July 24, 2024
FAA Investigating Counterfeit Titanium In Boeing & Airbus Jets

The Federal Aviation Administration is reportedly investigating how counterfeit titanium ended up in aircraft for both Boeing and Airbus.

The New York Times broke the story this week of titanium with counterfeit documentation showing up in Boeing and Airbus jets, thanks to Boeing uncovering the issue and reporting it to the FAA.

“Boeing reported a voluntary disclosure to the FAA regarding procurement of material through a distributor who may have falsified or provided incorrect records,” an FAA statement said. “Boeing issued a bulletin outlining ways suppliers should remain alert to the potential of falsified records.”

The issue involved fuselages supplied by Spirit AeroSystems to Boeing, as well as wings supplied by the company to Airbus. The issue was first discovered when small corrosion holes were observed in the material.

To be clear, no on is saying the material in question is not titanium, only that the documentation used to sell it and verify it met the necessary requirements was forged.

The Times says Spirit is working to understand the scope of the problem, including whether the material in question meets structural requirements despite the counterfeit documentation, and whether the material will hold up for the life the jets it has been used in. If not, a costly parts replacement program will no doubt be the only way to salvage the aircraft.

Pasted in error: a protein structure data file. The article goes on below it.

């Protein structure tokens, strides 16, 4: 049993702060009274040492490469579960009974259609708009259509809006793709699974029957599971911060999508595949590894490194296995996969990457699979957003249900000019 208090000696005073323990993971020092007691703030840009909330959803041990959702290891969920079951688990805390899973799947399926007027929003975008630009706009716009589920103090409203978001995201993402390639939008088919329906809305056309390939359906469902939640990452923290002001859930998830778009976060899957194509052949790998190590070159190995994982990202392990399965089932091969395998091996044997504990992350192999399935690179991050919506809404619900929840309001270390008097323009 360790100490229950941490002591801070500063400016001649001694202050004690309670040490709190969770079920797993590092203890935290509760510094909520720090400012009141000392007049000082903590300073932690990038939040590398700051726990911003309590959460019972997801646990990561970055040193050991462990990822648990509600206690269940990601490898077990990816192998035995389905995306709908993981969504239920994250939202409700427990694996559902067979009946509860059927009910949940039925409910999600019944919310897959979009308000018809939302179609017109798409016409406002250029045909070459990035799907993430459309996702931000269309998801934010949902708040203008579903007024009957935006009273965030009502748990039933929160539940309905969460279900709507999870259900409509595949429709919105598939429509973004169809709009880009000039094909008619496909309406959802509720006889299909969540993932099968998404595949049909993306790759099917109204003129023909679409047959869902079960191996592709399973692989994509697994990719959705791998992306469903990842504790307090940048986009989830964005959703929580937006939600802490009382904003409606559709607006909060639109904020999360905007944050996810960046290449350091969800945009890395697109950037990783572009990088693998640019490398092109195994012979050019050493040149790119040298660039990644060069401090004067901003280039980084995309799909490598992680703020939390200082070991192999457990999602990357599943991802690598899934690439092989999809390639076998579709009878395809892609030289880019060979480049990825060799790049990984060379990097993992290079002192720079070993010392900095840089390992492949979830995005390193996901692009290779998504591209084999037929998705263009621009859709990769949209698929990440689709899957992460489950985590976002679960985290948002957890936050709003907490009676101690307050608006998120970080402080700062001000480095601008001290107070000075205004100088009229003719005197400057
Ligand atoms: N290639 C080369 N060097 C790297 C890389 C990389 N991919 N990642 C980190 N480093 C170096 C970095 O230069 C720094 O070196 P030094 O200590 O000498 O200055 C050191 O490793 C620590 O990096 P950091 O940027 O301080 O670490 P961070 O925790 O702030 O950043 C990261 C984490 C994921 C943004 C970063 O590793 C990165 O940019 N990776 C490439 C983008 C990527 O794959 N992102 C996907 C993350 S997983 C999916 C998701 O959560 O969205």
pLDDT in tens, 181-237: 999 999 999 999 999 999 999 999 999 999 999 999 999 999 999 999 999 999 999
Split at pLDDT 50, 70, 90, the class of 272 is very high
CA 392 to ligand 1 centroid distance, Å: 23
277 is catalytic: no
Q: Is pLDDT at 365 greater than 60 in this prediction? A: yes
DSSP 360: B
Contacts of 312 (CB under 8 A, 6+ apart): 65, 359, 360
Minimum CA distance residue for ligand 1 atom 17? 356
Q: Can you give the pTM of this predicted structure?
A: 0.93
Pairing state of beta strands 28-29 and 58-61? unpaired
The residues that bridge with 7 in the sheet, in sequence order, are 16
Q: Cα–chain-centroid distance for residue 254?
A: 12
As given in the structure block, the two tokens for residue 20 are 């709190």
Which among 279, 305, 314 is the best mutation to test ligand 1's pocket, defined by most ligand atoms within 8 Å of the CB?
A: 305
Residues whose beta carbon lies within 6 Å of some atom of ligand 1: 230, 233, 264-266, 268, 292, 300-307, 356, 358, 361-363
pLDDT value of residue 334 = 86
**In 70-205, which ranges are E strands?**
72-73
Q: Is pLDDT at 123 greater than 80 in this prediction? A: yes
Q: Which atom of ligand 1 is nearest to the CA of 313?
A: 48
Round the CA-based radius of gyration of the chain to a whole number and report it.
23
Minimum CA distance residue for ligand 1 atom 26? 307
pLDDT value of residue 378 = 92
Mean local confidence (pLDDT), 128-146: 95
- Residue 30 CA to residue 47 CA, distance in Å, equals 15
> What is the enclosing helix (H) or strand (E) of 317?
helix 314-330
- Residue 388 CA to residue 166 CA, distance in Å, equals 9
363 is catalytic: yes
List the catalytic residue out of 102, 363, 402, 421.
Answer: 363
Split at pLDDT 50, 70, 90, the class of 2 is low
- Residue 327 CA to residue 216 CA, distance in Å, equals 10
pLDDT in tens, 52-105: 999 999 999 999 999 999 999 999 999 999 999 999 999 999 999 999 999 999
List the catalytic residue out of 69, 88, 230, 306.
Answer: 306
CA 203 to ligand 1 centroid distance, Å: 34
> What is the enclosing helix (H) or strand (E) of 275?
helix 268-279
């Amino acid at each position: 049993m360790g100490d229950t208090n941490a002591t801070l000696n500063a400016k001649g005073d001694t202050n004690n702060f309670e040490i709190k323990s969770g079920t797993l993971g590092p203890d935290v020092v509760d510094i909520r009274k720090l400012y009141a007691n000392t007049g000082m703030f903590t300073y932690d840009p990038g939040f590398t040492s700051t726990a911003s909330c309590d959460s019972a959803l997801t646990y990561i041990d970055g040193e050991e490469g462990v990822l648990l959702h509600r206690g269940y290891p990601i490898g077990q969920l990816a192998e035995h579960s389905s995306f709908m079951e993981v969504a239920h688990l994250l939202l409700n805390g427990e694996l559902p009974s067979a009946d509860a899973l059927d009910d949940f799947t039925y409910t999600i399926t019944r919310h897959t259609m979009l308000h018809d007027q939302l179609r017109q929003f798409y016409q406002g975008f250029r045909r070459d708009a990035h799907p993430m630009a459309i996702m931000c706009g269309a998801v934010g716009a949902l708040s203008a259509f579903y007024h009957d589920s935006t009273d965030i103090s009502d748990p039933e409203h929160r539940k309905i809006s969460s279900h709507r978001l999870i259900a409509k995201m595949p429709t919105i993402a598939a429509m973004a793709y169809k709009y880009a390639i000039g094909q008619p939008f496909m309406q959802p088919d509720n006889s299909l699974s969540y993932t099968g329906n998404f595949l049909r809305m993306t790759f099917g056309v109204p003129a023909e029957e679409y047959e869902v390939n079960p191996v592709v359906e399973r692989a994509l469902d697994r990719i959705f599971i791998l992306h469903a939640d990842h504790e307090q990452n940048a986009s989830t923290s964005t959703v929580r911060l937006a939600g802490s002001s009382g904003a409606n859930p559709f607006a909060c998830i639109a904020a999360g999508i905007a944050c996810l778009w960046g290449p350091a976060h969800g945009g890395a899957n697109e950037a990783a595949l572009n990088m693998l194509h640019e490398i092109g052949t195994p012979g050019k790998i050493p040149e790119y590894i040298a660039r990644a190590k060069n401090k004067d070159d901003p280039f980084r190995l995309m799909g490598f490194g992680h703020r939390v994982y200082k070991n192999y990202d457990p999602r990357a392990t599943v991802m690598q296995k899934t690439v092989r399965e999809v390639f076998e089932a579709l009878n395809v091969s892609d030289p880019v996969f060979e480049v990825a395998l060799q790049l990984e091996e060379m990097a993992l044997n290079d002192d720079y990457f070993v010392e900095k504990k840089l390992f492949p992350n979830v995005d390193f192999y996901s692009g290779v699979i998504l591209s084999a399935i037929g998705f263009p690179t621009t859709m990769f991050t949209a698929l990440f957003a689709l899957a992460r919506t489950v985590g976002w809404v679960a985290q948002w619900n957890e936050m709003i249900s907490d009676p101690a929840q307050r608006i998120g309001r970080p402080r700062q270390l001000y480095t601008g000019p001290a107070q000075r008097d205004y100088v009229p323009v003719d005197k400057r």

“This is about documents that have been falsified, forged and counterfeited,” Joe Buccino, a Spirit spokesperson, told the Times. “Once we realized the counterfeit titanium made its way into the supply chain, we immediately contained all suspected parts to determine the scope of the issues.”

Both Boeing and Airbus say the material has been tested and meets the necessary spec.

“This industrywide issue affects some shipments of titanium received by a limited set of suppliers, and tests performed to date have indicated that the correct titanium alloy was used,” Boeing said in a statement. “To ensure compliance, we are removing any affected parts on airplanes prior to delivery. Our analysis shows the in-service fleet can continue to fly safely.”

“Numerous tests have been performed on parts coming from the same source of supply,” an Airbus spokesperson said in a statement, adding, “The safety and quality of our aircraft are our most important priorities, and we are working in close collaboration with our supplier.”